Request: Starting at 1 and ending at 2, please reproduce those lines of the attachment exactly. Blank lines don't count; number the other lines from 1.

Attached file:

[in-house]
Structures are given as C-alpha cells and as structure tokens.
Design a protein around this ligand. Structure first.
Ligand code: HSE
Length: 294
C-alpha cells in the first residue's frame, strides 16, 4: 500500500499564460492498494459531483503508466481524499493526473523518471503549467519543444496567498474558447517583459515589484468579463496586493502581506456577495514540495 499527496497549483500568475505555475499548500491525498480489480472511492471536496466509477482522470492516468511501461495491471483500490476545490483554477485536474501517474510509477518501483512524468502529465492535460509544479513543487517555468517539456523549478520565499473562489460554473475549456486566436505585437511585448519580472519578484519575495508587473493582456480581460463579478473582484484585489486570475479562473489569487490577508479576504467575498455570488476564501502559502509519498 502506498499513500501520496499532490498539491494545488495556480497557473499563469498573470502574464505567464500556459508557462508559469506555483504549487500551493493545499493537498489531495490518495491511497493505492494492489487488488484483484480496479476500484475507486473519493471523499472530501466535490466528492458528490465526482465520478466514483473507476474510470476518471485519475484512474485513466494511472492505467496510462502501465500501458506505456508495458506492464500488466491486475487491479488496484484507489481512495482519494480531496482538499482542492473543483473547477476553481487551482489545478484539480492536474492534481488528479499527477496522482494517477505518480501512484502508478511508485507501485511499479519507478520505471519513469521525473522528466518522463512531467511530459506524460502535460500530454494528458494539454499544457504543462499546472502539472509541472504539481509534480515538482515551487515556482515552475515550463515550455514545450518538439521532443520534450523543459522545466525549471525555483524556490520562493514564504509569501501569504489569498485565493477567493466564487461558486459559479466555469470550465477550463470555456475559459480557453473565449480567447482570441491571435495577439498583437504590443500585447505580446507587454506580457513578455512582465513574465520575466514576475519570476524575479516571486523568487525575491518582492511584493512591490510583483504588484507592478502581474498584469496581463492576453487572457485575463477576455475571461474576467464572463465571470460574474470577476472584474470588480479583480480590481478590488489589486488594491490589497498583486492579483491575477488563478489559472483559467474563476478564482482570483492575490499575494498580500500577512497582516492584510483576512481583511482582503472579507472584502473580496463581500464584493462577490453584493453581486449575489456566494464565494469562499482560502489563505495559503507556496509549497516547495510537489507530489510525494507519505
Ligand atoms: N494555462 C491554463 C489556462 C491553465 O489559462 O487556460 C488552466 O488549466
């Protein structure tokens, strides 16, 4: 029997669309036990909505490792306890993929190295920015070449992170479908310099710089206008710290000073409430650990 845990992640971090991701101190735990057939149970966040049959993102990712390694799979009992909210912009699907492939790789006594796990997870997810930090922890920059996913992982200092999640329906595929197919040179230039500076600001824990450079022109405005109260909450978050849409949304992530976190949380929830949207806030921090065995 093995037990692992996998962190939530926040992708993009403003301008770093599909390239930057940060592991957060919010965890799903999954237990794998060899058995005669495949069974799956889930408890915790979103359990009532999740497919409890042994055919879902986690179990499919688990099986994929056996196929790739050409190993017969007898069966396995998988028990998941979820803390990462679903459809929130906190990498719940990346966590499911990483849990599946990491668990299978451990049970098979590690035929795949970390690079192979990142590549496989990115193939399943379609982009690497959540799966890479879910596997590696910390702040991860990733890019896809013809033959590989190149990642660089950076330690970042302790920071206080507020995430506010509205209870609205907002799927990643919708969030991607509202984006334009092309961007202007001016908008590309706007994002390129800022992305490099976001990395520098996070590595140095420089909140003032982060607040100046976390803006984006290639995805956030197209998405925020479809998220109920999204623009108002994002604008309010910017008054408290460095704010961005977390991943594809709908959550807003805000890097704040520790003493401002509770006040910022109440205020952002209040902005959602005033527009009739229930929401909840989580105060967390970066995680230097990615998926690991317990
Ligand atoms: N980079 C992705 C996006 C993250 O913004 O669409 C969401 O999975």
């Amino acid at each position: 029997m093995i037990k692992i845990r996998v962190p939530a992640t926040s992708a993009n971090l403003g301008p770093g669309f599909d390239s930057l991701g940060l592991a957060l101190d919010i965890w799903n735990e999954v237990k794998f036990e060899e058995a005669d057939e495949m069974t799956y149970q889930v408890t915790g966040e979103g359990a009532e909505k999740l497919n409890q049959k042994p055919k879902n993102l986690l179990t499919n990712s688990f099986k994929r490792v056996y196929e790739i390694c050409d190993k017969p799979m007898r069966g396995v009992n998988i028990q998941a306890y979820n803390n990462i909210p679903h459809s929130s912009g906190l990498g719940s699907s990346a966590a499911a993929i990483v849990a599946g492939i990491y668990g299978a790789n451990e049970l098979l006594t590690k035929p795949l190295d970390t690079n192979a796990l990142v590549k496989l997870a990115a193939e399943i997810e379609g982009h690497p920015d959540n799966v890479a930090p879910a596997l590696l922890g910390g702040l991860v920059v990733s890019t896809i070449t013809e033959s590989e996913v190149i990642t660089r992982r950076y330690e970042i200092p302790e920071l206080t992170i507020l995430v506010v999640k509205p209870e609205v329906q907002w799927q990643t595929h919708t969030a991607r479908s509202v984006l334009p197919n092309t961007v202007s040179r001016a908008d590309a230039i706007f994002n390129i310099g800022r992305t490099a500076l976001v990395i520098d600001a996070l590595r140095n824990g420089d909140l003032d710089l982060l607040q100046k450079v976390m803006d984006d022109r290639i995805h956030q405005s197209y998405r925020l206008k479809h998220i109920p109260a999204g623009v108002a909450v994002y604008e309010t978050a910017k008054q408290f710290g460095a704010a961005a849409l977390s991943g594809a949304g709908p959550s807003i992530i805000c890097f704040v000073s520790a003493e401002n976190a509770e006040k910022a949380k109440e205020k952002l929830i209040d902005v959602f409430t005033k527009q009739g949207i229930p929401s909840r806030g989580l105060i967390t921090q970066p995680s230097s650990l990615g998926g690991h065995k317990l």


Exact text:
[in-house]
Structures are given as C-alpha cells and as structure tokens.